Maine dish: Smoky and filling for cold season



As winter deepens, colder temperatures and fewer daylight hours trigger biological changes that stimulate hunger and increase our cravings for more energy-dense food. Our cooking and eating patterns shift from grilling burgers and salads to comfort foods like hearty soups and stews.

One of our family’s favorite soups is split pea. Either yellow or green, the split pea is actually a “field pea” grown specifically for drying. Once dried, the pea pods are split along a natural seam, revealing the dried pea, hence the name split peas. A handy pantry item, split peas once were considered a peasant food. They are widely available in supermarkets. They also can be purchased quite economically in bulk at food coops and natural food stores.

There’s more good news about enjoying your porridge. Research shows that complex carbohydrates like beans and legumes provide a sustained and slow release of important nutritional benefits like protein, folate and fiber and are rich in antioxidants, vitamin B, magnesium and a good source of iron. Legumes can actually help you avoid heart disease, reduce the risk of breast cancer and help control diabetes. Plus, they warm you up from the inside out!

The recipe for this savory split pea soup is just a guide. For a vegetarian version, omit the meat and use a seasoned veggie stock. No ham bone? Add cooked sausage at the end for a delicious twist. Serve with hot cornbread and Maine applesauce.

 

Cheryl Wixson lives and cooks in Stonington. She welcomes food-related questions and comments at [email protected]

 

Split Pea Soup

Makes 8 or more servings

 

2 cups green or yellow split peas

1 onion chopped

2 carrots, chopped

2 pieces celery or ½ cup chopped celeriac

1 bay leaf

1 ham bone or ham hock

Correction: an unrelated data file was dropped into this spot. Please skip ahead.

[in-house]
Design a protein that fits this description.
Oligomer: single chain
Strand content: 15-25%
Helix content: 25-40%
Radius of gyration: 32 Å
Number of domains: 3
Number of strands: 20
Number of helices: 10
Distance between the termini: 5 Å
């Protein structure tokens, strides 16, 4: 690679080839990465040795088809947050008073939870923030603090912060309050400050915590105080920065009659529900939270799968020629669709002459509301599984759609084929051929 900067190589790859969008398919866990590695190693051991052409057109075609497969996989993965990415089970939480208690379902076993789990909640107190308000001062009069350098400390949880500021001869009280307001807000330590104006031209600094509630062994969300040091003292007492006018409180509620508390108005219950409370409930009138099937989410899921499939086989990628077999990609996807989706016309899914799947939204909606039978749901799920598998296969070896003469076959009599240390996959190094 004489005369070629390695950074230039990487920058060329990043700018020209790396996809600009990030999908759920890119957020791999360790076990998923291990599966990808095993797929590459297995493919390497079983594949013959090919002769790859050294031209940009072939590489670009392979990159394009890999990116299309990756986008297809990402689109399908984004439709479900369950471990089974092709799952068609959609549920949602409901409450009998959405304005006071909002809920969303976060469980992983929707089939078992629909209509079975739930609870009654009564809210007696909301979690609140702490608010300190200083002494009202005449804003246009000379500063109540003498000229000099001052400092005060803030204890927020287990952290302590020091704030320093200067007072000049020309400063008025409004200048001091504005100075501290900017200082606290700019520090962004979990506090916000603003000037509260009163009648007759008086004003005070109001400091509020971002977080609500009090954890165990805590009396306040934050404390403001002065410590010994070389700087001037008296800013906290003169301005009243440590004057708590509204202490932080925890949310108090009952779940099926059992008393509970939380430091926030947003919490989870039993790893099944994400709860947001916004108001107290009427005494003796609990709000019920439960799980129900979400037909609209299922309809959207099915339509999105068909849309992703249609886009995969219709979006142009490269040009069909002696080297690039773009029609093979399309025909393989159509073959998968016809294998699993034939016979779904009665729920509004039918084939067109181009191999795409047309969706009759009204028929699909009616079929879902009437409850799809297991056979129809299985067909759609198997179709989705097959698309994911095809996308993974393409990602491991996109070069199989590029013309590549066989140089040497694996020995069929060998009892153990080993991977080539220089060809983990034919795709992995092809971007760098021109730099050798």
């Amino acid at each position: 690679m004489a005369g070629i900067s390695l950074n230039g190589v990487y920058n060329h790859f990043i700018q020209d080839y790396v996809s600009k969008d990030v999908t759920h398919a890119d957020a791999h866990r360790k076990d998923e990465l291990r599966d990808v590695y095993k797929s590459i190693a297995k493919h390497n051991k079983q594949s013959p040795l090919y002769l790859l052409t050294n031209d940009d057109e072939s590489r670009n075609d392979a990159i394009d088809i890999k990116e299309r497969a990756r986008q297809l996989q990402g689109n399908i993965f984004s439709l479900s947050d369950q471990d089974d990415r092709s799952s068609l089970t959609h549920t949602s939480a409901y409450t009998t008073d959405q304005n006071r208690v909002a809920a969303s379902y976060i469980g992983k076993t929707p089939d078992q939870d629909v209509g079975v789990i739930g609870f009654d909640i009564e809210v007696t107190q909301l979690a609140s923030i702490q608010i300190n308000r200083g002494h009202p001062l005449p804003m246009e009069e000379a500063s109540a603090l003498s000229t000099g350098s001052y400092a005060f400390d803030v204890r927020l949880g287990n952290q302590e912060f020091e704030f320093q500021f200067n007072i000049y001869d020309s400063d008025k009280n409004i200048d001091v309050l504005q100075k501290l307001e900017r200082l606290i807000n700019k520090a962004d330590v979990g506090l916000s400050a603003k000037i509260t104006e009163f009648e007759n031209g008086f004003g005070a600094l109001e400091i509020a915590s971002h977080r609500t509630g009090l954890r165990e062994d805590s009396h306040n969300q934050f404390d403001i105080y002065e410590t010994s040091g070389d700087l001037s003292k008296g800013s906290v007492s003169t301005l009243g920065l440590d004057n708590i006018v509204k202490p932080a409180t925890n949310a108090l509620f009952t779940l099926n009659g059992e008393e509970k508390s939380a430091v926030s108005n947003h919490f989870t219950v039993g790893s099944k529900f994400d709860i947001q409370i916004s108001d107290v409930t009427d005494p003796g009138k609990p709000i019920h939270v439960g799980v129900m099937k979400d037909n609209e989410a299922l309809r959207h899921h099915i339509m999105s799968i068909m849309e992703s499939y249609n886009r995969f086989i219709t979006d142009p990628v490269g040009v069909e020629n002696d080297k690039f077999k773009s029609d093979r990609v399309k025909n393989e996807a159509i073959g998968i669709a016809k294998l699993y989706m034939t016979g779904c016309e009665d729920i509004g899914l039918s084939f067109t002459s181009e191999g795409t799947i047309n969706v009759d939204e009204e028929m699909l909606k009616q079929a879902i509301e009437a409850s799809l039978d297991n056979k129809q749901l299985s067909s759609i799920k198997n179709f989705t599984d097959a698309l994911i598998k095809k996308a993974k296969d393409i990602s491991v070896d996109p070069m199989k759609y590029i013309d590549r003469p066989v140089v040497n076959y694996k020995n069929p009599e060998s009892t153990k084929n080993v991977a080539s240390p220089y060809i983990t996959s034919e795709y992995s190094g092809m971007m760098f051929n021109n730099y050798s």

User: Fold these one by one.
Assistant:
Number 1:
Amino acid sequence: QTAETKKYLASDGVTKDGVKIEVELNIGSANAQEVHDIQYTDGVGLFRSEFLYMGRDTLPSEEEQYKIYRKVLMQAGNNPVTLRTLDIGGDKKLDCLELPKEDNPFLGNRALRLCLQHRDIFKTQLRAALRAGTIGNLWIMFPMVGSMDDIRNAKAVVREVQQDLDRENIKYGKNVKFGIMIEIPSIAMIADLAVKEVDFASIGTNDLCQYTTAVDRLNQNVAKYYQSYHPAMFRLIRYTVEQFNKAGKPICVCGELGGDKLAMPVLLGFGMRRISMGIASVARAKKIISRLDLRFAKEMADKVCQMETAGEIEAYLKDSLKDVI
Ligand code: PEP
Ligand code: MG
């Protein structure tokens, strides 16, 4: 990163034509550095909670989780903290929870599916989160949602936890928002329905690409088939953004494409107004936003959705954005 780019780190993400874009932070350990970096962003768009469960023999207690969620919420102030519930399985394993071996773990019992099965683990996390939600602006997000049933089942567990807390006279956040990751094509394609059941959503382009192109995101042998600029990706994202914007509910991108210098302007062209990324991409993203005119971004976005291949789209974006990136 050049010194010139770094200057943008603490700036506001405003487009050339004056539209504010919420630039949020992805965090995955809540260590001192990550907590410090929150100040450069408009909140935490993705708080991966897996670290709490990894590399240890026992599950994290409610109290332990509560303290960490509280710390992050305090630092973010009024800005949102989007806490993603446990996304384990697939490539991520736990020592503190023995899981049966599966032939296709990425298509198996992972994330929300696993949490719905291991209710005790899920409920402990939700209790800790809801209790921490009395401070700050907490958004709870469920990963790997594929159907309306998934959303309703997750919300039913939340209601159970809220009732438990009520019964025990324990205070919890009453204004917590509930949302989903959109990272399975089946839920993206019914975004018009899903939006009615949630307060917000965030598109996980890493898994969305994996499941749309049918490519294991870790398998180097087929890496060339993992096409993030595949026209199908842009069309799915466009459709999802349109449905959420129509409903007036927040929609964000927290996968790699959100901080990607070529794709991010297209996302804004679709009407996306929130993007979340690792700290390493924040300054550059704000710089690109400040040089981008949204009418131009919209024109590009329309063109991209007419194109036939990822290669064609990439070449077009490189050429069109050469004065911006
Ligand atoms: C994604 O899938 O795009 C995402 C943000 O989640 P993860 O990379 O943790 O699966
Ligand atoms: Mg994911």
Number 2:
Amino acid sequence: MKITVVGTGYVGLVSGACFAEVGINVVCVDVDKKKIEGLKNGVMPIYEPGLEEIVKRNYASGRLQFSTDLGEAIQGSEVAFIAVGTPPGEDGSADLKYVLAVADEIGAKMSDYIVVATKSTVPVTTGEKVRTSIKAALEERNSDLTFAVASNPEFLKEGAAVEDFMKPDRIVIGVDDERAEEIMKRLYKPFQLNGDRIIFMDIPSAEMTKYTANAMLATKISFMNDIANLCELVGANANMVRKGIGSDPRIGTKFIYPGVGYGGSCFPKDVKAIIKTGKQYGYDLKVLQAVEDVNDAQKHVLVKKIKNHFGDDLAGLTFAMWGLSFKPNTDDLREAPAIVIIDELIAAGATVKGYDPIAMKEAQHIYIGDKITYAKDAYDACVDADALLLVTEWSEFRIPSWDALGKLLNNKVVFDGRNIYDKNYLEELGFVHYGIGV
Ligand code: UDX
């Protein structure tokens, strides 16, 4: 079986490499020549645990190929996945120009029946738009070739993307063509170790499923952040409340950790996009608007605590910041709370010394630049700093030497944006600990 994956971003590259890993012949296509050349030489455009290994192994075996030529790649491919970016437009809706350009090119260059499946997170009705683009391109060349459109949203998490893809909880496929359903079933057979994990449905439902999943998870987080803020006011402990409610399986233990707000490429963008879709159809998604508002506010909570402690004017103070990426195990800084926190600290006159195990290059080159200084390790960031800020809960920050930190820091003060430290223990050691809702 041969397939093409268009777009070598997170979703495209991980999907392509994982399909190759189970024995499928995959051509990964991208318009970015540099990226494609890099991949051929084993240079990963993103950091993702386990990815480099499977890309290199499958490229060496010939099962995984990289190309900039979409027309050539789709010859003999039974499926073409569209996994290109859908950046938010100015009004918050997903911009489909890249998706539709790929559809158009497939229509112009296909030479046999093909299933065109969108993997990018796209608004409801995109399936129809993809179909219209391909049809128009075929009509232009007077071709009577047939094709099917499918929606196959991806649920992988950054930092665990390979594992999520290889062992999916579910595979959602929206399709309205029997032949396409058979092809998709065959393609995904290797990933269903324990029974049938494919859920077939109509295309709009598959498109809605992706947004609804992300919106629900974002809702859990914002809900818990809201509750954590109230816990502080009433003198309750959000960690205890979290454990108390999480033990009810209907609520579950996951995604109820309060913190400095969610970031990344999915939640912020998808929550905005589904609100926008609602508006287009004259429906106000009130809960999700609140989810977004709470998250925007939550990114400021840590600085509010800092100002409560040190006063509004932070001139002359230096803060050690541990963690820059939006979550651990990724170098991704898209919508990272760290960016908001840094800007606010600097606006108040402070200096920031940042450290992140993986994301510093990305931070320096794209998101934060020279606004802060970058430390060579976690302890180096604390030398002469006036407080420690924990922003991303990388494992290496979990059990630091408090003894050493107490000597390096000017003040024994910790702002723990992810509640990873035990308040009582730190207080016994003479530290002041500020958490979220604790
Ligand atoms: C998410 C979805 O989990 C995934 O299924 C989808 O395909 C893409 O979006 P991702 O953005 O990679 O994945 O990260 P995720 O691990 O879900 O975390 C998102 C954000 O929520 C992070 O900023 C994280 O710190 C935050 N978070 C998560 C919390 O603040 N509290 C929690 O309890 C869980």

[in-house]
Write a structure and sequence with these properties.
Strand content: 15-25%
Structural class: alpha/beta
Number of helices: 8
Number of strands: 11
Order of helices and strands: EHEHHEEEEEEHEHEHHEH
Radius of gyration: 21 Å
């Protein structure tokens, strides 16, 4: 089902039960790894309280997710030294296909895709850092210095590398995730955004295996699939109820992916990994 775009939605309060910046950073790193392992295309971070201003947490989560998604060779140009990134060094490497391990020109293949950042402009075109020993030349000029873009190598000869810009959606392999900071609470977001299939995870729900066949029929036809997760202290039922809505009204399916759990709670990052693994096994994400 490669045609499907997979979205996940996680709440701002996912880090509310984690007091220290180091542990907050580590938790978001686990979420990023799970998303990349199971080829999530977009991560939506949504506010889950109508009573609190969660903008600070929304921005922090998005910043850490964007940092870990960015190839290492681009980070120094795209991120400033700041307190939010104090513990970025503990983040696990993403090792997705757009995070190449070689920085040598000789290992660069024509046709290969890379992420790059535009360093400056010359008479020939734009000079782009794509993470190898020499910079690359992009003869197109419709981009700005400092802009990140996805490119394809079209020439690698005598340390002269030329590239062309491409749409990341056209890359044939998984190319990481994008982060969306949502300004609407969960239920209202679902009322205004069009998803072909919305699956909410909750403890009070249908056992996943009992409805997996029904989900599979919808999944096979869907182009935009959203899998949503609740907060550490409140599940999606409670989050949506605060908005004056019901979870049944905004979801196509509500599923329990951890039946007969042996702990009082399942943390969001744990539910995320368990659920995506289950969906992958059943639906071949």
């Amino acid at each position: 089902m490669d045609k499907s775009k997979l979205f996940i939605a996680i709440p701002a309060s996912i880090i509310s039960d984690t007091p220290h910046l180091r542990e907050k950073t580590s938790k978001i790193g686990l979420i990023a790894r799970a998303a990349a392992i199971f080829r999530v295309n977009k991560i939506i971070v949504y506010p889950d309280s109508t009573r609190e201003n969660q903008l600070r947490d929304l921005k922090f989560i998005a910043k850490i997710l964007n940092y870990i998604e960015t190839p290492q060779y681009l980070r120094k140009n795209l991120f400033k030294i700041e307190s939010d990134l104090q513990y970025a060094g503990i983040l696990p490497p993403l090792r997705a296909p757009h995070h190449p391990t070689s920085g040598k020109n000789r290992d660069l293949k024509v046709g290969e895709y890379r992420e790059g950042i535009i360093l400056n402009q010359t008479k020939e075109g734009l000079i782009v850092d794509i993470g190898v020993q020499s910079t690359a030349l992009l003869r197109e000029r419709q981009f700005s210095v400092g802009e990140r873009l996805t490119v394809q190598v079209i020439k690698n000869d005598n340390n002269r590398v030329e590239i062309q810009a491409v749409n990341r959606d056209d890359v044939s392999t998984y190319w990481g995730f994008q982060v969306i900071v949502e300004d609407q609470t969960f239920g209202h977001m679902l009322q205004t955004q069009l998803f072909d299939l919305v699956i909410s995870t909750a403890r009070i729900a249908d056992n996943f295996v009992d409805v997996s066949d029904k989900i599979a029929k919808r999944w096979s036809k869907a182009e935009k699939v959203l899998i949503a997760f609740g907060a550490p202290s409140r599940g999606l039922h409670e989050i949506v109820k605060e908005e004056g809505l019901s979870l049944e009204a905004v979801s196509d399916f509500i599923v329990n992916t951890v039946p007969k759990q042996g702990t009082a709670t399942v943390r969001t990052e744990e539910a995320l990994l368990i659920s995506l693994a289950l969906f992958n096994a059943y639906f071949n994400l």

2 cups ham stock, chicken or veggie stock or water

½ tsp. both dried thyme and marjoram

Sea salt and fresh pepper to taste

 

Assemble ingredients and tools.

Add the split peas to a colander and rinse under cold running water. Pick the peas over, discarding any discolored ones and small stones. If desired, soak them overnight with enough water to cover by 2 inches. (This step does reduce cooking time but is not necessary.)

Drain the split peas. Add the peas, onion, carrots, celery, ham bone and herbs to a heavy soup pot or the bowl of your slow cooker. Add water or stock to cover the vegetables by 3 inches. Bring the mixture to a boil, reduce the heat, cover and simmer until soft. This will take about 10 to 12 hours on low in the slow cooker, or 2 to 3 hours on the stovetop or wood stove. If cooking over direct heat, be sure to stir the soup often, as the peas will stick to the bottom.

Remove the ham bone and bay leaf. Season the soup to taste with sea salt and fresh pepper. If a very smooth texture is desired, the soup may be pureed with an immersion blender or in the food processer.

Split pea soup freezes well. To reheat, add more water or milk.

 

Nutritional analysis per serving (varies with meat): 216 calories, 14 grams protein, 31 grams carbohydrates, 4 grams fat, 300 mg. sodium, 13 grams fiber.

Cheryl Wixson
"Maine Dish" columnist Cheryl Wixson lives and cooks in Stonington. Her passion for organic Maine products led to the creation of her business, Cheryl Wixson's Kitchen. She welcomes food-related questions and comments at [email protected] or www.cherylwixsonskitchen.com.
Cheryl Wixson

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